In instances where these endpoints cannot be patched within 10 business days, CISA advises agencies to remove them from their networks.

  1. Report information to CISA

    a. Within 3 business days (by 5:00pm EST, January 17, 2020), submit an initial status report using the provided template. This report must include information related to the agency’s current status and projected completion dates, and, if necessary, identified constraints, support needs, and observed challenges.

    b. Within 10 business days (by 5:00pm EST, January 29, 2020), submit a completion report using the provided template. Department-level Chief Information Officers (CIOs) or equivalents must submit completion reports attesting to CISA that the January 2020 Security Updates patch has been applied to all affected endpoints and providing assurance that newly provisioned or previously disconnected endpoints will be patched as required by this directive prior to network connection (per Action 1).

CISA Actions

  • CISA will continue to monitor and work with our partners to identify whether these vulnerabilities are being exploited.

  • CISA will provide additional guidance to agencies on the CISA website, through an emergency directive issuance coordination call, and through individual engagements upon request (via CyberDirectives@hq.dhs.gov).

  • CISA will review and validate agency compliance and ensure that agencies participating in CDM can leverage the support of their system integrators to assist with this effort, if needed.

  • Beginning February 3, 2020, the CISA Director will engage the CIOs and/or Senior Agency Officials for Risk Management (SAORM) of agencies that have not completed required actions, as appropriate.

  • By February 14, 2020, CISA will provide a report to the Secretary of Homeland Security and the Director of Office of Management and Budget (OMB) identifying cross-agency status and outstanding issues.


This emergency directive remains in effect until replaced by a subsequent binding operational directive or terminated through other appropriate action.

Additional Information

Frequently Asked Questions

Who is required to take this action under this directive?

The full list of agencies in scope of this directive is at https://cisa.gov/agencies.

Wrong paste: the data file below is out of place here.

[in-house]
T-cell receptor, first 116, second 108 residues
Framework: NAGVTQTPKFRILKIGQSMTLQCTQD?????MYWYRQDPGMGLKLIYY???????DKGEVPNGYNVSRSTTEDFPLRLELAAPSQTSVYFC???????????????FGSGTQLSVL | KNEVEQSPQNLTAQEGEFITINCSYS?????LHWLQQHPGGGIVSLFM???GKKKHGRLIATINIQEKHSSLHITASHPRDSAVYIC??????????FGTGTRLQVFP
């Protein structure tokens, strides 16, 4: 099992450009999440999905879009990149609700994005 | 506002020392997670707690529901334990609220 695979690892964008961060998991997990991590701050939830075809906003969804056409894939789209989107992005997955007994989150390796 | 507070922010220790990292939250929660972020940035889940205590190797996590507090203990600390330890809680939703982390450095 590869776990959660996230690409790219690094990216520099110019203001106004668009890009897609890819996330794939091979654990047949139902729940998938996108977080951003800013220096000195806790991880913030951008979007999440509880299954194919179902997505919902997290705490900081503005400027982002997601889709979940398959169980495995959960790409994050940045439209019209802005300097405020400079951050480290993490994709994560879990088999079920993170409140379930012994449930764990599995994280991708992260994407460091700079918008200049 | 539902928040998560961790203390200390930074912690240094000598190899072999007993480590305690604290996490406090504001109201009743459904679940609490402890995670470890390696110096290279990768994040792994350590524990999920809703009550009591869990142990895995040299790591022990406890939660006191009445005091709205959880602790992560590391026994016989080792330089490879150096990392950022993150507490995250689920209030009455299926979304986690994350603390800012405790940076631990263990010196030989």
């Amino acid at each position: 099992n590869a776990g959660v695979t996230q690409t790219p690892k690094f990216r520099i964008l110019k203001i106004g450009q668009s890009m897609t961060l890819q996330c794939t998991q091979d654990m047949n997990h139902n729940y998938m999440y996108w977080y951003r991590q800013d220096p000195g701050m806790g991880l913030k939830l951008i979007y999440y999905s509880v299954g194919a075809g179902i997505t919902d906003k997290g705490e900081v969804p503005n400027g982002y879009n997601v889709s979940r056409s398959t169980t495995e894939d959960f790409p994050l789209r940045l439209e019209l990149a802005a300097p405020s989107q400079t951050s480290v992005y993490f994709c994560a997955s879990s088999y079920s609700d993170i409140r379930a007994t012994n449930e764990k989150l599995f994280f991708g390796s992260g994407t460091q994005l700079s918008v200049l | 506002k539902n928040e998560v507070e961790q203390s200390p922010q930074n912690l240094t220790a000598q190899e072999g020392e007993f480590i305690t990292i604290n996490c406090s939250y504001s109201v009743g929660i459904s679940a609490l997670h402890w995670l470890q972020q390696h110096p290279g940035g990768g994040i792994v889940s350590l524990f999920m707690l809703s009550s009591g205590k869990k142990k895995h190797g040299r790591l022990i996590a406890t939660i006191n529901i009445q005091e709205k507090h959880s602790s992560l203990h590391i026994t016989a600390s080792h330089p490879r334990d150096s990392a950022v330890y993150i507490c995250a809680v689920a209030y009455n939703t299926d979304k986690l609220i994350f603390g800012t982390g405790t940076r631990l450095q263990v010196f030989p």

Though CISA directives are not mandatory for any other organizations, CISA publishes alerts and implementation guidance to support broader stakeholder efforts. State, local, tribal, and territorial governments, critical infrastructure, and other non-government organizations are encouraged to review and deploy this critical patch.

Does the directive apply to all CVEs in Microsoft’s January 2020 security update?

Yes. It is not solely focused on CVE-2020-0601.

What are some technical and/or management controls to restrict unpatched endpoints from connecting to networks?

An example of a technical control is network access control (NAC), which can quarantine devices that do not meet agency ‘health’ standards (e.g., missing patches). Management controls may include agency policies and manual procedures that prohibit unpatched endpoints from being connected to agency networks until patched.

What is the meaning of “endpoint” and “system” in the context of ED 20-02?

“Endpoint” means any device or instance running affected Microsoft Windows operating systems. This includes but is not limited to user workstations, servers, embedded devices, Internet of Things (IoT), and virtual machines.

The term “system” refers to a FISMA information system.

Do template questions 1, 2, 10, and 11 include endpoints on third-party hosted systems or just agency owned and controlled endpoints?

Answers to questions 1, 2, 10, and 11 of the reporting template should include all endpoints controlled and owned by the agency plus endpoints owned and managed by third parties over which agency has direct control (e.g. Infrastructure as a Service). For information systems where an agency does not have direct control over vulnerability management (e.g. Software as a Service), please list hosting providers in the appendix and provide a percentage of agency (FISMA) information systems hosted by those third parties (questions 3, 4, 12, and 13 of the template).

A helpful test is if you can count (or the third-party provider can give you a count) of endpoints, you report them under total number of affected/patched endpoints. If it is a true cloud SaaS with elasticity, scalability, etc., where you can’t tell how many endpoints (servers, VMs, anything with an IP) are involved, you list it as a hosting service provider.

Are there any additional resources available to agencies to assist with scanning and remediation?

While CISA does not endorse any particular vendor, agencies using CDM capabilities that include Splunk tools may find the following article useful:


  1. CVE-2020-0601 

  2. In particular, CVE-2020-0609, CVE-2020-0610, and CVE-2020-0611